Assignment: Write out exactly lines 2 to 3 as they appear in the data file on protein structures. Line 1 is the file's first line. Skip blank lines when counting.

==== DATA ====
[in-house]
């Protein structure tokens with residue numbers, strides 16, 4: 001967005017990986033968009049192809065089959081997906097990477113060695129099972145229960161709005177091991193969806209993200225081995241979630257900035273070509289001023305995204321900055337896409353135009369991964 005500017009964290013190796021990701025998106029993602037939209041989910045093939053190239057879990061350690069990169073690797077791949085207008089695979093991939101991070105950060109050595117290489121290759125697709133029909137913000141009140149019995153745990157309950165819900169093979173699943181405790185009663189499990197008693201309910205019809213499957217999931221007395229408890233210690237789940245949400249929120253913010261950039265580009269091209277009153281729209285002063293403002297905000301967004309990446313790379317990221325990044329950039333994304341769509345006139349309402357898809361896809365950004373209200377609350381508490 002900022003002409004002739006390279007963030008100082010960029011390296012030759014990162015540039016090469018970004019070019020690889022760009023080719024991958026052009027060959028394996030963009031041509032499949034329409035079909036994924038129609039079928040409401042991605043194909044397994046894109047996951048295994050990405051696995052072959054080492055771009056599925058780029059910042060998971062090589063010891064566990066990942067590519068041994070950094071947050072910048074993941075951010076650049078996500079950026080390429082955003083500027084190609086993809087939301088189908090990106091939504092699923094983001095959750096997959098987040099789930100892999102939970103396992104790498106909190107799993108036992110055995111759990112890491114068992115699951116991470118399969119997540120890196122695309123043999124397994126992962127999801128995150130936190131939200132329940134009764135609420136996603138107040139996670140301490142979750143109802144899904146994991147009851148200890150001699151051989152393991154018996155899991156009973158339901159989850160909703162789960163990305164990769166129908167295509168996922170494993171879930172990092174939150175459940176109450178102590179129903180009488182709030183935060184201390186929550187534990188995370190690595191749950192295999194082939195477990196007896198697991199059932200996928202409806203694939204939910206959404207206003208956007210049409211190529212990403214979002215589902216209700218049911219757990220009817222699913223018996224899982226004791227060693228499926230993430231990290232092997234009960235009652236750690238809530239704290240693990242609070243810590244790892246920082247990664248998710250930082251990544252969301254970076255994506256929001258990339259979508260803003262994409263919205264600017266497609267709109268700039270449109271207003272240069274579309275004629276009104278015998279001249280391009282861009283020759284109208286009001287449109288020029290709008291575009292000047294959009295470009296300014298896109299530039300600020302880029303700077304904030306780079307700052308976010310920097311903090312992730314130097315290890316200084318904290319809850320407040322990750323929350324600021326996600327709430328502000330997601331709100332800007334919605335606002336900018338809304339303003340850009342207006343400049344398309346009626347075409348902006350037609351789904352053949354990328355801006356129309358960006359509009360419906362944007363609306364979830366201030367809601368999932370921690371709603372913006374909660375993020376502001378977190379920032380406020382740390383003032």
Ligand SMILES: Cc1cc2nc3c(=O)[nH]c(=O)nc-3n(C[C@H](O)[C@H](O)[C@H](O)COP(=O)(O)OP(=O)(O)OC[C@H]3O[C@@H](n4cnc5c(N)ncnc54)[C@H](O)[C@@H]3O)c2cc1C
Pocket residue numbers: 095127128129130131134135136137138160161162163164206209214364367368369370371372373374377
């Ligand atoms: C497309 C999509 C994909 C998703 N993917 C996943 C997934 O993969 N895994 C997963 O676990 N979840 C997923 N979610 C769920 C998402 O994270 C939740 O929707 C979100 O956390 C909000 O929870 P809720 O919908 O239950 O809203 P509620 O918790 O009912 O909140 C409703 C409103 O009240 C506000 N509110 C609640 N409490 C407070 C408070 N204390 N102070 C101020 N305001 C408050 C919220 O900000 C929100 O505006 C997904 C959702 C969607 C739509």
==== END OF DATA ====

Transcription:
């Protein structure tokens with residue numbers, strides 16, 4: 001967005017990986033968009049192809065089959081997906097990477113060695129099972145229960161709005177091991193969806209993200225081995241979630257900035273070509289001023305995204321900055337896409353135009369991964 005500017009964290013190796021990701025998106029993602037939209041989910045093939053190239057879990061350690069990169073690797077791949085207008089695979093991939101991070105950060109050595117290489121290759125697709133029909137913000141009140149019995153745990157309950165819900169093979173699943181405790185009663189499990197008693201309910205019809213499957217999931221007395229408890233210690237789940245949400249929120253913010261950039265580009269091209277009153281729209285002063293403002297905000301967004309990446313790379317990221325990044329950039333994304341769509345006139349309402357898809361896809365950004373209200377609350381508490 002900022003002409004002739006390279007963030008100082010960029011390296012030759014990162015540039016090469018970004019070019020690889022760009023080719024991958026052009027060959028394996030963009031041509032499949034329409035079909036994924038129609039079928040409401042991605043194909044397994046894109047996951048295994050990405051696995052072959054080492055771009056599925058780029059910042060998971062090589063010891064566990066990942067590519068041994070950094071947050072910048074993941075951010076650049078996500079950026080390429082955003083500027084190609086993809087939301088189908090990106091939504092699923094983001095959750096997959098987040099789930100892999102939970103396992104790498106909190107799993108036992110055995111759990112890491114068992115699951116991470118399969119997540120890196122695309123043999124397994126992962127999801128995150130936190131939200132329940134009764135609420136996603138107040139996670140301490142979750143109802144899904146994991147009851148200890150001699151051989152393991154018996155899991156009973158339901159989850160909703162789960163990305164990769166129908167295509168996922170494993171879930172990092174939150175459940176109450178102590179129903180009488182709030183935060184201390186929550187534990188995370190690595191749950192295999194082939195477990196007896198697991199059932200996928202409806203694939204939910206959404207206003208956007210049409211190529212990403214979002215589902216209700218049911219757990220009817222699913223018996224899982226004791227060693228499926230993430231990290232092997234009960235009652236750690238809530239704290240693990242609070243810590244790892246920082247990664248998710250930082251990544252969301254970076255994506256929001258990339259979508260803003262994409263919205264600017266497609267709109268700039270449109271207003272240069274579309275004629276009104278015998279001249280391009282861009283020759284109208286009001287449109288020029290709008291575009292000047294959009295470009296300014298896109299530039300600020302880029303700077304904030306780079307700052308976010310920097311903090312992730314130097315290890316200084318904290319809850320407040322990750323929350324600021326996600327709430328502000330997601331709100332800007334919605335606002336900018338809304339303003340850009342207006343400049344398309346009626347075409348902006350037609351789904352053949354990328355801006356129309358960006359509009360419906362944007363609306364979830366201030367809601368999932370921690371709603372913006374909660375993020376502001378977190379920032380406020382740390383003032």
Ligand SMILES: Cc1cc2nc3c(=O)[nH]c(=O)nc-3n(C[C@H](O)[C@H](O)[C@H](O)COP(=O)(O)OP(=O)(O)OC[C@H]3O[C@@H](n4cnc5c(N)ncnc54)[C@H](O)[C@@H]3O)c2cc1C